Linlithgow Rose chairman Jon Mahoney frustrated at being kept in dark by government

Linlithgow Rose chairman Jon Mahoney has outlined his chagrin that the East of Scotland Premier League is among those still waiting for Scottish FA confirmation that its delayed 2020-21 season will be restarted this spring.

Wednesday, 3rd March 2021, 4:19 pm
Rose chairman Jon Mahoney has been outlining his frustration at authorities (Pic by Scott Louden)

While First Minister Nicola Sturgeon this week paved the way for an immiment return to training for SPFL League 1 and League 2 and SWPL1 after two months off due to coronavirus restrictions - with matches to follow soon subject to coronavirus testing measures being in place – no mention was made of teams plying their trade in divisions further down the pyramid.

“Everybody is frustrated (at the lack of information),” Mahoney told the Journal and Gazette. "I don’t think there will be a club playing below the SPFL that isn’t frustrated.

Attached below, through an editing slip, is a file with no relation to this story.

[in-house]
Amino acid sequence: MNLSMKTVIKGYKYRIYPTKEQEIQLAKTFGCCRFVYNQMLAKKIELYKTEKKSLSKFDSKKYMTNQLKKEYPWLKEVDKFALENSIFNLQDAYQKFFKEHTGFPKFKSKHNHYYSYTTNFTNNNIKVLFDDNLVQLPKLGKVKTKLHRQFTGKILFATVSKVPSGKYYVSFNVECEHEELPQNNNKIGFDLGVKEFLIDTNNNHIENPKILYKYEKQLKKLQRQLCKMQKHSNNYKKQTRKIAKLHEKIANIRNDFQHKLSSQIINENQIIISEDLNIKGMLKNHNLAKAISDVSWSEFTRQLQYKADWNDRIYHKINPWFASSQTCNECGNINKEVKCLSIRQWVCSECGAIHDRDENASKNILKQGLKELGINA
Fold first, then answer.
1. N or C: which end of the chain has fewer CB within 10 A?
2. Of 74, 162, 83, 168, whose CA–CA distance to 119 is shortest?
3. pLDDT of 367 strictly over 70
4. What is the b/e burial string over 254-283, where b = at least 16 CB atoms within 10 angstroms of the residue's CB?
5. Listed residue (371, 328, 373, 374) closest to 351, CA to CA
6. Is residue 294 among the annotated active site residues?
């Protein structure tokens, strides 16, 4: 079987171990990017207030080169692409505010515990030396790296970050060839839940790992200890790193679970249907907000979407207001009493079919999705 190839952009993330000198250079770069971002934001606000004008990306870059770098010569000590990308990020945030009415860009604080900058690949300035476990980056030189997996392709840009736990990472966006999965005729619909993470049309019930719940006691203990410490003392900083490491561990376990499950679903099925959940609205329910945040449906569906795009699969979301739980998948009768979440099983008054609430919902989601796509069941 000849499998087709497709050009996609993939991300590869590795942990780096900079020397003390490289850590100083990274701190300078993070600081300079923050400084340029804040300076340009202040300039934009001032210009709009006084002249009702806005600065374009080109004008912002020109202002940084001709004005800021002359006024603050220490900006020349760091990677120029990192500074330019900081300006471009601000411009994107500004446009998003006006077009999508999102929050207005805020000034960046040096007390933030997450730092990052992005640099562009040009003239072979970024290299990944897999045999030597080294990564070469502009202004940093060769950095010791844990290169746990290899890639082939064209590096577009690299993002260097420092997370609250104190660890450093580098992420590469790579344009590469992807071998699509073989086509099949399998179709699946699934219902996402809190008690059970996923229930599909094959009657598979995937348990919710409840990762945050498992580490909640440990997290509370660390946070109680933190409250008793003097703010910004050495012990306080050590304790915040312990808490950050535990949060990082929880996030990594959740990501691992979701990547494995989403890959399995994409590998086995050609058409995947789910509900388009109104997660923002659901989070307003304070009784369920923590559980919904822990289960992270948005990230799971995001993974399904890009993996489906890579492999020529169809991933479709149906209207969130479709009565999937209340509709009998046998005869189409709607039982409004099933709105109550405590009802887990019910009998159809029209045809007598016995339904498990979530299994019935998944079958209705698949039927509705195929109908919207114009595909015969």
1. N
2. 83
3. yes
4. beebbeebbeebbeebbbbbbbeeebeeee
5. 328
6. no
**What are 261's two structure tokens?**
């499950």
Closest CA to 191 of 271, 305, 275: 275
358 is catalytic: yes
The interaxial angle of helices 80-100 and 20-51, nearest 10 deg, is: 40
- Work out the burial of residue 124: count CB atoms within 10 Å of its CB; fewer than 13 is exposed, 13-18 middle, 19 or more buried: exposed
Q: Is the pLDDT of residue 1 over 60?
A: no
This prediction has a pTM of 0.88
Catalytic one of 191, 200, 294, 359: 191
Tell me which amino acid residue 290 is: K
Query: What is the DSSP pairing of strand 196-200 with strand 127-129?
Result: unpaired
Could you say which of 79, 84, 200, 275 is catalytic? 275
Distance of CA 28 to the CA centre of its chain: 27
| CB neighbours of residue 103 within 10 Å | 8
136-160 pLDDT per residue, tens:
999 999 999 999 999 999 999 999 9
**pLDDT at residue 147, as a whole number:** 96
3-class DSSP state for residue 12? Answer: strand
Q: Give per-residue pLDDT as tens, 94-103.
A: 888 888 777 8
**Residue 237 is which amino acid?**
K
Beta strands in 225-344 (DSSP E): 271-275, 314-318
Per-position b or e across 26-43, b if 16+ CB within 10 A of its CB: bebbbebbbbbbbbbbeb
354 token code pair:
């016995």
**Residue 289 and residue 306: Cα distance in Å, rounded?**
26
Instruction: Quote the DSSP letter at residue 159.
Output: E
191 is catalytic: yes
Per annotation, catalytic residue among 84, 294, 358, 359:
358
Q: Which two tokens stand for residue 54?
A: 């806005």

"Because we’ve all got players who want to play football and they’ve already put in a shift to get started.

"I felt we were just getting into our stride when the season stopped. So that was particularly difficult for us to take.

"I understand why they did it. We had a peak of a more infectious strain going on.

"I can understand why they have allowed the SPFL teams and the Women’s Premier League teams to return. They are doing so on the basis of weekly testing and I don’t know how viable that is for any club at our level.

"None of us got a £100,000 handout from the government which League 2 did.

"And in League 1, Falkirk got £150,000 I think.

"If someone had come along and given us £100,000 we’d have tested every week as well and would have cracked on.

"But that wasn’t made available to us. I’m not quite sure how the split of the funds from the government were worked out.

"Everybody got the same depending on the tier they were in, which kind of made me wonder why I bothered filling in so much data for the SFA in the first place – what the reality of the economic impact of not having supporters at games looked like.

"Because obviously it’s different for different teams. But in the end we’ve all been bracketed in the same way.”

Mahoney said he was puzzled why part-time Championship side Alloa got £500,000 in government grant money while full-time League 1 outfit Falkirk only got £150,000.